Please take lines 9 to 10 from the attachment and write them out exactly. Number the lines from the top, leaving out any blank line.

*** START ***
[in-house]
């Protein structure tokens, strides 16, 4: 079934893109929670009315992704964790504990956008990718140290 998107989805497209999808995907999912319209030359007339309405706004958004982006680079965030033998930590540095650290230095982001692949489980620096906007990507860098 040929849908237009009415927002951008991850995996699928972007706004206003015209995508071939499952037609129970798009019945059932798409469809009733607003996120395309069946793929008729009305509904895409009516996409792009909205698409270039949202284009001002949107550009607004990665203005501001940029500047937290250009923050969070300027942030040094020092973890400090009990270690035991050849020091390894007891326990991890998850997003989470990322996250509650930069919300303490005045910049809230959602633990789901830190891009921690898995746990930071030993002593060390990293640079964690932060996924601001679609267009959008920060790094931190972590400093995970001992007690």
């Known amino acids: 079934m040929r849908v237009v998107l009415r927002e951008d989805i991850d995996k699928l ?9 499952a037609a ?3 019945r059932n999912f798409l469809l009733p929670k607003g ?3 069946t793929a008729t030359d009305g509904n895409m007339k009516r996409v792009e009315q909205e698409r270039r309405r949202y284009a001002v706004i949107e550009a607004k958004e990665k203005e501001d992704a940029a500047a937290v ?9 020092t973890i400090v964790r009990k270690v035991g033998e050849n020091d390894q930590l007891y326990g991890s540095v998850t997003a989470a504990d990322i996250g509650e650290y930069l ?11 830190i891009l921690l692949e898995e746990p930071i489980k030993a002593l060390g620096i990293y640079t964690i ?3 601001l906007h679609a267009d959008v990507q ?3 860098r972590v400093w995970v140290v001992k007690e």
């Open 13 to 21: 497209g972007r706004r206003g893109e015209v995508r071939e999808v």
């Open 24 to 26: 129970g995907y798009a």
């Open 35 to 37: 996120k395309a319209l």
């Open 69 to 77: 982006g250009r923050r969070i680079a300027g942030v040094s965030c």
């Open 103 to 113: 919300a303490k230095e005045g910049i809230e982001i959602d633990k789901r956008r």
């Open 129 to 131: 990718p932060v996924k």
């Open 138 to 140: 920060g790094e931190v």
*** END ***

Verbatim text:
């Open 129 to 131: 990718p932060v996924k």
């Open 138 to 140: 920060g790094e931190v």